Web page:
29 March, 2016
I dreamed I was a very clean tramp : an autobiography by Richard Hell
Hell explains that his trademark spiky dishevelled hair and ripped clothes held together by safety pins were inspired by the bums hanging out on New York City’s Bowery. In turn, Hell’s look was appropriated by fashion and music impresario Malcolm McLaren who styled the Sex Pistols after him. In addition, McLaren credited Hell’s song ‘Blank Generation’ as the inspiration behind ‘Pretty Vacant’ by the Pistols.
I couldn’t help drawing parallels between Hell’s book and Patti Smith’s memoir Just Kids, which I’d just finished reading before his. They share the same timeframe and terrain, from their respective suburban upbringings in 1950s middle America to New York City, performing at the legendary CBGBs alongside other emerging bands such as The Ramones, Blondie and The Talking Heads.
Despite the impact Hell has had on music, he considers himself to be a poet and writer first. Like Patti Smith, he was heavily influenced by the French Symbolist poets Arthur Rimbaud and Paul Verlaine. The latter became the adopted moniker of Tom Verlaine who, with Hell, cofounded the ground breaking band, Television. Coincidently, as Hell reveals, Verlaine and Patti Smith were also couple for a while.
At first, I was surprised at the connection between French Symbolism and punk rock. Originating at the end of the 19th century, Symbolist writing was considered very decadent and subversive at the time, so I can understand now why Hell used their ideas as fuel for punk’s angry, nihilistic and anti-establishment ethos.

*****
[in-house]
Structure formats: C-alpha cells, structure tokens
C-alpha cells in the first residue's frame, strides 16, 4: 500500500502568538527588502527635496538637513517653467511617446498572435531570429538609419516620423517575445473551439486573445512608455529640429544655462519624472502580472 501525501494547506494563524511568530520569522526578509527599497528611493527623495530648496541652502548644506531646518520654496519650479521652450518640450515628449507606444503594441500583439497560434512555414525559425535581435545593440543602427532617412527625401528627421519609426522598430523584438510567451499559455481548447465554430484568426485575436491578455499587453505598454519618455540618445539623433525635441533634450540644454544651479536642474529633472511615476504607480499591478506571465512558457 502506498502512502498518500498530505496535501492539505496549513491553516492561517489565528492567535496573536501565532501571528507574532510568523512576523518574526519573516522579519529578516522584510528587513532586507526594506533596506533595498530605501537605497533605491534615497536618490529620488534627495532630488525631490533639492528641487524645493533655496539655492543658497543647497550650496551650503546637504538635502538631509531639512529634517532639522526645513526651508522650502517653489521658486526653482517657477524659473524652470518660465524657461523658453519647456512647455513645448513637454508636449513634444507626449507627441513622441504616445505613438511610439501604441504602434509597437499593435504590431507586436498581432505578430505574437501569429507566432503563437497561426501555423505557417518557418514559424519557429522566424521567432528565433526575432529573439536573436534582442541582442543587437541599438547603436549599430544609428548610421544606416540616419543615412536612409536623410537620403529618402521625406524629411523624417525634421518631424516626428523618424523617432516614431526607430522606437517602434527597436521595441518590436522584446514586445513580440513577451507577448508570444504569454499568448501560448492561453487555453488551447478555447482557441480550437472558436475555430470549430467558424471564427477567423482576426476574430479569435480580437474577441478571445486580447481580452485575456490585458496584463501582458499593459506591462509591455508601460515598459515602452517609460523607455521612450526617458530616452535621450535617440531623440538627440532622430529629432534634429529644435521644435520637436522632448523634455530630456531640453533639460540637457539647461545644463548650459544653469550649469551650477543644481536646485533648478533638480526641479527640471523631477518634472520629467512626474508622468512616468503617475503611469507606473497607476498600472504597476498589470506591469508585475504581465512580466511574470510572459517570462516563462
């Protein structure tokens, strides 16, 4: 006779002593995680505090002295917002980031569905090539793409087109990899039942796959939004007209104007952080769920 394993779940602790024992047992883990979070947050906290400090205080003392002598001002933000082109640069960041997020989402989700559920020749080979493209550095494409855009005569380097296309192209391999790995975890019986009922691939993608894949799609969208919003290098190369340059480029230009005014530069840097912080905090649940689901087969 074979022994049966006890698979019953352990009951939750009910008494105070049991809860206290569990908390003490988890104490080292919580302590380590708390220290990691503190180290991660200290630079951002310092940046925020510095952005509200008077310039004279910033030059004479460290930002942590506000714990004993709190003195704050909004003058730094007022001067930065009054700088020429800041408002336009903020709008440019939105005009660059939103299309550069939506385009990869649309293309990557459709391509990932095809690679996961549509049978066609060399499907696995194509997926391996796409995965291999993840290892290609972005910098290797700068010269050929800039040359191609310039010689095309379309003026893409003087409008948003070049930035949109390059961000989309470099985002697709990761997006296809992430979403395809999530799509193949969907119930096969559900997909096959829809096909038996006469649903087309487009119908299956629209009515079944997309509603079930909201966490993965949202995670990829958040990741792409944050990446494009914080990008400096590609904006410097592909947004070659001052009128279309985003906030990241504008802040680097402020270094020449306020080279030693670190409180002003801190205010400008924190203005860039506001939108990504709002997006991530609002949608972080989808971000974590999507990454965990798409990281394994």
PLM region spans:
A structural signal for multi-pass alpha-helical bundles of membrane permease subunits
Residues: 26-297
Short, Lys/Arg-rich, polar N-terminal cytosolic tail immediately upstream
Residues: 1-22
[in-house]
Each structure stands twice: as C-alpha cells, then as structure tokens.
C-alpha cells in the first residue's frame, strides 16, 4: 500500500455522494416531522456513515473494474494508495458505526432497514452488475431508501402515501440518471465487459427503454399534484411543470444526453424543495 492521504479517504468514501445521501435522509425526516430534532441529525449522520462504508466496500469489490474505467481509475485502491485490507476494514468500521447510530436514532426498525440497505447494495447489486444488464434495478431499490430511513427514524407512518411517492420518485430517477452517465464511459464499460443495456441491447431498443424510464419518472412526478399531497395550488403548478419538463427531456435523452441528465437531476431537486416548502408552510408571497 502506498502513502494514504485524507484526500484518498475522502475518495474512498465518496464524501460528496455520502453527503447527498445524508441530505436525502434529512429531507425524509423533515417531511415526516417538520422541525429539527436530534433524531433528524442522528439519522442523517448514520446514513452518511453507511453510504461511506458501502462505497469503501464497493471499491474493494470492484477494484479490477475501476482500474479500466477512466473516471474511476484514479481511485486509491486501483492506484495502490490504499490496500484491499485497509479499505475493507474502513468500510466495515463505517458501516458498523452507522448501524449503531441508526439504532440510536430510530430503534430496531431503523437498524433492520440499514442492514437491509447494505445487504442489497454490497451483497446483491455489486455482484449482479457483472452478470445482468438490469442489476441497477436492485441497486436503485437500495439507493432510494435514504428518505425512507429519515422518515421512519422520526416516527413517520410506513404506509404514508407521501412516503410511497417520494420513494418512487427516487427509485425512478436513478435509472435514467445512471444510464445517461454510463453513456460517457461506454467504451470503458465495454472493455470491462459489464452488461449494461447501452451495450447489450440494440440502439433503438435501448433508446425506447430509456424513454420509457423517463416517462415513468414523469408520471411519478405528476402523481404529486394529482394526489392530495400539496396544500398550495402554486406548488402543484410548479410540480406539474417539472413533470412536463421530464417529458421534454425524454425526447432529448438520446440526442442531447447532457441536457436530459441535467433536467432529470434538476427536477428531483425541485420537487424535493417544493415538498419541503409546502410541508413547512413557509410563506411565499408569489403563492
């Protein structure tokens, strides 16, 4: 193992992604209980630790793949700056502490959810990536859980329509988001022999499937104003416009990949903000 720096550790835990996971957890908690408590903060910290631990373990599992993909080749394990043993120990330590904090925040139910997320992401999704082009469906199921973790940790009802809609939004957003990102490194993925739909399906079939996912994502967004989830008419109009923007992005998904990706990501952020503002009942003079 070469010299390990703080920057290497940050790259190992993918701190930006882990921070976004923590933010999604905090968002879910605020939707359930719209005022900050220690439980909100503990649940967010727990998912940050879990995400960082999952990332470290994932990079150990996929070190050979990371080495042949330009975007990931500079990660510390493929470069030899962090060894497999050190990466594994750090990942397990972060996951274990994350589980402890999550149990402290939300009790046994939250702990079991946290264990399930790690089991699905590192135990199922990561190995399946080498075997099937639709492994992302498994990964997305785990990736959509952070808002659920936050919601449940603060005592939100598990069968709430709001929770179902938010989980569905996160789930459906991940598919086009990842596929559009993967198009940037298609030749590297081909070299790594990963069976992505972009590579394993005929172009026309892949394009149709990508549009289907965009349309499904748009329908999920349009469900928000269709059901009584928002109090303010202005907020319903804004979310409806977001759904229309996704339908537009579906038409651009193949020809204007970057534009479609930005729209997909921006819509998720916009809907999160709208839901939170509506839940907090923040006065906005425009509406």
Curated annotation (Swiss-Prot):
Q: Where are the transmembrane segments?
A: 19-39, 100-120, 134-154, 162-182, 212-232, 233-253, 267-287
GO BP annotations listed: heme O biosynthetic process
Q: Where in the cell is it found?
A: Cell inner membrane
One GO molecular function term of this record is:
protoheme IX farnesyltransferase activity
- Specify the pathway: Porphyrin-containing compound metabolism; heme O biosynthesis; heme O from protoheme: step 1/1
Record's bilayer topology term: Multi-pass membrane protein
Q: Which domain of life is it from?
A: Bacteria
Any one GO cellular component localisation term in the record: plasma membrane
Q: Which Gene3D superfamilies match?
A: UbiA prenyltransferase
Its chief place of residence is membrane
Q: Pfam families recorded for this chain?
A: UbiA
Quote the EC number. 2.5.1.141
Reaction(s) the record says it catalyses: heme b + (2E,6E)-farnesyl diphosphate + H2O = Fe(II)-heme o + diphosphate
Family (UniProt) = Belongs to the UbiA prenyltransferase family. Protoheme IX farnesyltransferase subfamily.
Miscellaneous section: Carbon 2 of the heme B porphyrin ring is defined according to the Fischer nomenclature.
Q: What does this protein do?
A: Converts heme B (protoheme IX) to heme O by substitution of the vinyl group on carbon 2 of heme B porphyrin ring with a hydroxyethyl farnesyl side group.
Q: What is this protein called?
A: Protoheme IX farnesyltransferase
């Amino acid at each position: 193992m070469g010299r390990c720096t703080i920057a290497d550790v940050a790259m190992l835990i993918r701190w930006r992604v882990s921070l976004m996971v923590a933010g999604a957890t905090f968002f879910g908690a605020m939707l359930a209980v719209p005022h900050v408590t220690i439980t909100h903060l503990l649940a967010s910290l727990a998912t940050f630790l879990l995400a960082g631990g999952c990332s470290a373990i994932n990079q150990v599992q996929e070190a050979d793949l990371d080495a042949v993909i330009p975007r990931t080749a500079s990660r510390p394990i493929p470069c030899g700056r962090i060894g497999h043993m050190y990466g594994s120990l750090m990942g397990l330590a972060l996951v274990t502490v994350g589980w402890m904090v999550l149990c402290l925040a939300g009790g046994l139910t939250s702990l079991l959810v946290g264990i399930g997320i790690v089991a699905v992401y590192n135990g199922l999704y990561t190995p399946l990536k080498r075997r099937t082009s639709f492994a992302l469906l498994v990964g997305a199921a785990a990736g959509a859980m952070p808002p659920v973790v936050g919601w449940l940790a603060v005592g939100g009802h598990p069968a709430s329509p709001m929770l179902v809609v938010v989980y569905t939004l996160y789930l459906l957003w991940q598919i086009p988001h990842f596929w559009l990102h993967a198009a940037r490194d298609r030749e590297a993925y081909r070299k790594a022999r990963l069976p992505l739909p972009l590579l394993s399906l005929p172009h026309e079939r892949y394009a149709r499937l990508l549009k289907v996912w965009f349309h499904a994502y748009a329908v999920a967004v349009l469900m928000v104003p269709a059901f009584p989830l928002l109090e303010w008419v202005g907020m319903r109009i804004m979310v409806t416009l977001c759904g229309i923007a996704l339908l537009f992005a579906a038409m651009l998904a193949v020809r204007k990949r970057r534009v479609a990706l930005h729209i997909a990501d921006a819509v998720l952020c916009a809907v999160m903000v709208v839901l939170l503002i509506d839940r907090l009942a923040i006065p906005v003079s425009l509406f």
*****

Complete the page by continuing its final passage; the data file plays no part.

True to rock bio form, Hell definitely had a way with the ladies. Every few pages is a new conquest: writer/actress Cookie Mueller; ‘super-groupie’ Sable Starr; writer Kathy Acker; a very young pre-Bob Geldof Paula Yates, a pre-Sid Vicious Nancy Spungen(wtf?) and many, MANY more.
Which, lastly, brings us to the drugs. Hell’s book is pretty much a drug fuelled debauch. Once glamorously dubbed ‘The Junkie-poet of New York’ by the Guardian newspaper, he struggled with a lengthy and unglamorous heroin addiction. His book ends in the mid-1980s when he stopped playing music to focus on his writing and kicking dope (which he did eventually). Things could have turned out very differently – as he reflectively puts it: “If I had died in 1984…as could easily have happened, there would have been left such scant evidence of me that my life would be mostly a sad cautionary tale.”
Title: I dreamed I was a very clean tramp : an autobiography
Author: Richard Hell
Recommended by Karen I, Devonport Library
Karen I likes reading memoirs and biographies about people with interesting and unusual lives, because she spends a lot of time reading and doesn't get out much.